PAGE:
It’s that time of year! Pumpkin season is here and we are all heading to the patch to find the best ones. Although pumpkins are most popular for carving and decorating, they should also get attention for being very nutritious. Both the seeds and the flesh are packed with nutrition.
Read on to find out why pumpkins are so nutritious, and enjoy these recipes using pumpkin that your family will love:
Pumpkin Seeds: In a nutshell (no pun intended), they are a great source of omega 3s. These are the super healthy fats that reduce inflammation and are highly concentrated in brain tissues. Omega 3s are essential fatty acids, which means our body does not make this type of fat, so we have to get it from our diet. Eat up those pumpkin seeds, and reduce your risk for chronic disease while boosting your brain!
Roasted Pumpkin Seeds Recipe: Save the pumpkin seeds from carving for a healthy snack. Rinse them in a colander to remove all of the flesh, then boil them in salted water for about 10 minutes. Roast in the oven at 400 degrees on a cookie sheet with olive oil for 5-15 minutes or until golden brown. Read more
https://secureservercdn.net/220.127.116.11/fnf.6b5.myftpupload.com/wp-content/uploads/2016/05/nspt_2-color-logo_noclaims.png00Stephanie Wellshttps://secureservercdn.net/18.104.22.168/fnf.6b5.myftpupload.com/wp-content/uploads/2016/05/nspt_2-color-logo_noclaims.pngStephanie Wells2013-10-20 17:31:012014-04-20 11:10:15Pumpkin: A Nutrition Powerhouse
Gluten free eating has gained attention and popularity in recent years. This is probably partly due to increased awareness of Celiac disease, which requires a gluten free diet for treatment. It is also likely due to increased awareness of wheat allergy and wheat intolerance, both in kids and adults. For more information about the differences between these conditions, as well as accompanying symptoms, see my previous blog, Is Gluten Bad for You?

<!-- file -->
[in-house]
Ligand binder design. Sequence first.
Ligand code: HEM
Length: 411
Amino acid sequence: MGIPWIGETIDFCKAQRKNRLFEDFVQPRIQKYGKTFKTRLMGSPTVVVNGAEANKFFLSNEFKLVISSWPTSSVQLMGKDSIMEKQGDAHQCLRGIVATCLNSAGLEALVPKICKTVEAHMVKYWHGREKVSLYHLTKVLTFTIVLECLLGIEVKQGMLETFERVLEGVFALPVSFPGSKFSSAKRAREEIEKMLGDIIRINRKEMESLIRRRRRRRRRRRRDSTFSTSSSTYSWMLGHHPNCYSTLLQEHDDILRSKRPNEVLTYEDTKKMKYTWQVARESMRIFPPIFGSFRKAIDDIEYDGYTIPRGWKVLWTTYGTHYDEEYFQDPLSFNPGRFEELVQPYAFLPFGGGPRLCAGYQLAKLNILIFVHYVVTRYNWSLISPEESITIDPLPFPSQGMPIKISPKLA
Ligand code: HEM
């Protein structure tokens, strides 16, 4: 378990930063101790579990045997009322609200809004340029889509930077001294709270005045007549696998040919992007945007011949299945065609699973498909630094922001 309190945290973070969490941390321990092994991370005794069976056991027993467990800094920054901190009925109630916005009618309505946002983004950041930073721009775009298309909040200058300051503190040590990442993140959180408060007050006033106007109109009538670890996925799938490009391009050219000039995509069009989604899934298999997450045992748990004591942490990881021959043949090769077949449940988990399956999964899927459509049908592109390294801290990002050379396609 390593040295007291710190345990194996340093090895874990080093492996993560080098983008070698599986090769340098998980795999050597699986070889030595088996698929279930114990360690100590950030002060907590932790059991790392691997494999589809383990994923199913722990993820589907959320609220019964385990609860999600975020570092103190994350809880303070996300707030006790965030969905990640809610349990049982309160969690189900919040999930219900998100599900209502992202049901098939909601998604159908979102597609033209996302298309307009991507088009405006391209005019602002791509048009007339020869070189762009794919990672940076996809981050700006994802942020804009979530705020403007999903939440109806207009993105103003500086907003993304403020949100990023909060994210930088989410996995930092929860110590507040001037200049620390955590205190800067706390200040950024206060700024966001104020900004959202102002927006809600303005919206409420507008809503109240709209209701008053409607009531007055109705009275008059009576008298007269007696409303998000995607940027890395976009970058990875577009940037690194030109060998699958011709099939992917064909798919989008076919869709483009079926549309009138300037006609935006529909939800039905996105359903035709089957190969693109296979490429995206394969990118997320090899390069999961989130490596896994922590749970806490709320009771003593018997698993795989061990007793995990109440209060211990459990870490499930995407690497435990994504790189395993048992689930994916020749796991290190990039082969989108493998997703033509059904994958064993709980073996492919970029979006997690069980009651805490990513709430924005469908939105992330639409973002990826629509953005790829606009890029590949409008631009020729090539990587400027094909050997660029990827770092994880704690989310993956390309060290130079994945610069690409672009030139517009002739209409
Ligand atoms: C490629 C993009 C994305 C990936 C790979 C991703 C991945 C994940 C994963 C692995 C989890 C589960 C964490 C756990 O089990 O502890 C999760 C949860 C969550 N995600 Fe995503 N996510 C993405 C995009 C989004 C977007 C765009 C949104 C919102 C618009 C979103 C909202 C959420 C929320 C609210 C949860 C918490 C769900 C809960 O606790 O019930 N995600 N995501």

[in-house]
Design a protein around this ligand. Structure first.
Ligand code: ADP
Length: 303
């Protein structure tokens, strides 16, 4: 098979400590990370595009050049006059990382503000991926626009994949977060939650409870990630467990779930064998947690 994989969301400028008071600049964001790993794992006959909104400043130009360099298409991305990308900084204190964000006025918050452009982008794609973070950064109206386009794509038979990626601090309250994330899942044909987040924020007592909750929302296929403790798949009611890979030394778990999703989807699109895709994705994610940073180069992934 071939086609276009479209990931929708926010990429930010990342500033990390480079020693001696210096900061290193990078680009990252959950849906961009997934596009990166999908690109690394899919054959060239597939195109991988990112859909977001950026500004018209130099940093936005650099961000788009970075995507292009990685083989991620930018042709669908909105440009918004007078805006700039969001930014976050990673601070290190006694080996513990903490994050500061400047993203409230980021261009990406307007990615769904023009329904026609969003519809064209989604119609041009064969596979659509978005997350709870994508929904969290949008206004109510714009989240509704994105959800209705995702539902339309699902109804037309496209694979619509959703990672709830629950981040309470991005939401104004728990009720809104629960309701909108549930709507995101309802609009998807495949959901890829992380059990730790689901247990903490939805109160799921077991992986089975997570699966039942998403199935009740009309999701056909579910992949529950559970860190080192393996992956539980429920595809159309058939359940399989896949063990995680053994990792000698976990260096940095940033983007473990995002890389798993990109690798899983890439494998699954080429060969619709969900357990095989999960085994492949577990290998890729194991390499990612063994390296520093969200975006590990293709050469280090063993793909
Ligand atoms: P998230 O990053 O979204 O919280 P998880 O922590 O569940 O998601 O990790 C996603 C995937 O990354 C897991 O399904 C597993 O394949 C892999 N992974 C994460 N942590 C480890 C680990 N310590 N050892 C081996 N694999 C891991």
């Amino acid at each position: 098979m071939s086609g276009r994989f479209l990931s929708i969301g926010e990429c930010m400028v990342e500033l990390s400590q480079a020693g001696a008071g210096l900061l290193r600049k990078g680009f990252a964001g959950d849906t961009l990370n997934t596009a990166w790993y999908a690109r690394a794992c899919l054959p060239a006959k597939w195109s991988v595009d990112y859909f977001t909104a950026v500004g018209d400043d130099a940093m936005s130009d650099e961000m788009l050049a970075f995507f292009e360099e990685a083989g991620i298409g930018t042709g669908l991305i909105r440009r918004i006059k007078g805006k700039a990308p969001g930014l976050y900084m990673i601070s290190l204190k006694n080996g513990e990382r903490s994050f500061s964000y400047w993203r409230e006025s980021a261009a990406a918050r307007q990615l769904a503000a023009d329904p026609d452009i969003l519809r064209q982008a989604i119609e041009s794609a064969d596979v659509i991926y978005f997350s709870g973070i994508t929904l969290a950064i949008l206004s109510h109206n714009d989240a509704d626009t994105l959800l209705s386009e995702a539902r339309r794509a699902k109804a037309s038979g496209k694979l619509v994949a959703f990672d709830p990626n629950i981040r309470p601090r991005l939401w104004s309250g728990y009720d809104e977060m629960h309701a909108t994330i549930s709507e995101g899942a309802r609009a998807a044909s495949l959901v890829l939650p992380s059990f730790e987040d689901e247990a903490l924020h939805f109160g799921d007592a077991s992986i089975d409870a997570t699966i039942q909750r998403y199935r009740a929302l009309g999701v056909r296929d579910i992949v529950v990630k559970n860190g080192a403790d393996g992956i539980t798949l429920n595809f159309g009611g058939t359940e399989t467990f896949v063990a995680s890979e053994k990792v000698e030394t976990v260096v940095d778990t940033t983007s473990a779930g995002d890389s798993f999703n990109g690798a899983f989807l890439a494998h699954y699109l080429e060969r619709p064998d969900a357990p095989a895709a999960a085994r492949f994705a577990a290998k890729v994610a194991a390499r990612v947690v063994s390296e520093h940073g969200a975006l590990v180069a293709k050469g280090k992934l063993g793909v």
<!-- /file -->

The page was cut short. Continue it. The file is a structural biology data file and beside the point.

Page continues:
Unless you fall into one of the above mentioned conditions, going gluten free will not necessarily improve health. In other words, eating wheat (which contains gluten) in moderation is perfectly healthy, especially if it is whole grain wheat. Some people wonder if going gluten free can help with weight loss. The answer is, not necessarily. If wheat represents a large part of your family’s caloric intake, then removing wheat without replacing it with other equally calorie-dense foods could result in weight loss. Or if your family’s diet contains a lot of high calorie processed foods made with wheat, and you remove these and replace them with lean protein, fruits, vegetables, and other whole grains, then you will definitely see health improvements. But removing wheat alone will not likely result in weight loss.
In any case, it is always good to eat a variety of foods in regular rotation of family meals. Since wheat is so prevalent in many of our households, it might take some thinking ‘outside the box’ to make gluten free meals. Read more
https://secureservercdn.net/22.214.171.124/fnf.6b5.myftpupload.com/wp-content/uploads/2016/05/nspt_2-color-logo_noclaims.png00Stephanie Wellshttps://secureservercdn.net/126.96.36.199/fnf.6b5.myftpupload.com/wp-content/uploads/2016/05/nspt_2-color-logo_noclaims.pngStephanie Wells2013-09-22 18:30:092014-04-20 12:27:07Is Going Gluten Free Right for Your Family? (Recipe Ideas Included)